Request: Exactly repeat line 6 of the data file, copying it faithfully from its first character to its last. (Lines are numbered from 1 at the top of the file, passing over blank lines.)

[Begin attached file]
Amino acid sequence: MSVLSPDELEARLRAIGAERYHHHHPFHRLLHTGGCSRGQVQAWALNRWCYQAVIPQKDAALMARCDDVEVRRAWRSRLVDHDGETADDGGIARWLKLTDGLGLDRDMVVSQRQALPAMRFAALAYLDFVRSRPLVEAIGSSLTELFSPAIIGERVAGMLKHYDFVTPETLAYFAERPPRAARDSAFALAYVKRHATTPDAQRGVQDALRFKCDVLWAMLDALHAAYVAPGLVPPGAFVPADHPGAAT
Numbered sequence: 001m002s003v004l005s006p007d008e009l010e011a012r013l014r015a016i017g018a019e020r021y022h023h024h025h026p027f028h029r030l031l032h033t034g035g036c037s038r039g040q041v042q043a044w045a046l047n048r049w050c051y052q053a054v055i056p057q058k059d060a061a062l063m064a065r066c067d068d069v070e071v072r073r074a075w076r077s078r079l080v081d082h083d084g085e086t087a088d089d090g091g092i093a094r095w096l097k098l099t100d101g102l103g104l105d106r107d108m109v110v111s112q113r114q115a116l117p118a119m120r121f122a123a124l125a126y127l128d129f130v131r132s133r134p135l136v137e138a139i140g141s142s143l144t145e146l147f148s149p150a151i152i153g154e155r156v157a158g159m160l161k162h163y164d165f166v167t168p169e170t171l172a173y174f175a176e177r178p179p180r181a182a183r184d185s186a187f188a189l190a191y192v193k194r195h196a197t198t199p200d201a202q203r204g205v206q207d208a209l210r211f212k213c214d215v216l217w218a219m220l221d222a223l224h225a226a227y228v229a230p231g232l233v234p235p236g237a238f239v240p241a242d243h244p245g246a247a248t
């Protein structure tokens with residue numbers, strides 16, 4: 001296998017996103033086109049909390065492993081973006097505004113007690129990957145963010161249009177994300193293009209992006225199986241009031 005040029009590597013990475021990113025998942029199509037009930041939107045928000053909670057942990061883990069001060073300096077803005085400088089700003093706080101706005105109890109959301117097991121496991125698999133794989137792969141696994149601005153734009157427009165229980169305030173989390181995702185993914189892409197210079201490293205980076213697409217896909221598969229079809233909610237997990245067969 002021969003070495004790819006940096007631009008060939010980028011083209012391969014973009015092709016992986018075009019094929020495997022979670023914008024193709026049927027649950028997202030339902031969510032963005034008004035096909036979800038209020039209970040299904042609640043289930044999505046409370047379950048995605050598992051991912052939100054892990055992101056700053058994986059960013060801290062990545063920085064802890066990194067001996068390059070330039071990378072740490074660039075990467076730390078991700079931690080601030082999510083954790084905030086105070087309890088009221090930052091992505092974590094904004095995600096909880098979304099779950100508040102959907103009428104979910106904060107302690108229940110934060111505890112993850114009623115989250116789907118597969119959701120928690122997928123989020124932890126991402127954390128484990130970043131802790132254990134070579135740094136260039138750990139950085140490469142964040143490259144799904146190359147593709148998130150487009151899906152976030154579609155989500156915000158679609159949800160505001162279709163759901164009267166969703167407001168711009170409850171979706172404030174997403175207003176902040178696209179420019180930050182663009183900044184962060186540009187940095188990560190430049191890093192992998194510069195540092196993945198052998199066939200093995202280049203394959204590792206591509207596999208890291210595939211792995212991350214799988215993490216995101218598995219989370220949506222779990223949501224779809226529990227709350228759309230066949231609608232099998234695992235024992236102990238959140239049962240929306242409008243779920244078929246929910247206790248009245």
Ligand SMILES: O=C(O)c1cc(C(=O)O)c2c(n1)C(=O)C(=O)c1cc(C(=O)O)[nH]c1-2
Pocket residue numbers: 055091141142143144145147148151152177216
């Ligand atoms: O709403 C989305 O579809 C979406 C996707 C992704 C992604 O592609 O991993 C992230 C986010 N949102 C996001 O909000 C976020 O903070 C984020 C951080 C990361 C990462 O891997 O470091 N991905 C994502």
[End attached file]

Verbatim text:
């Ligand atoms: O709403 C989305 O579809 C979406 C996707 C992704 C992604 O592609 O991993 C992230 C986010 N949102 C996001 O909000 C976020 O903070 C984020 C951080 C990361 C990462 O891997 O470091 N991905 C994502």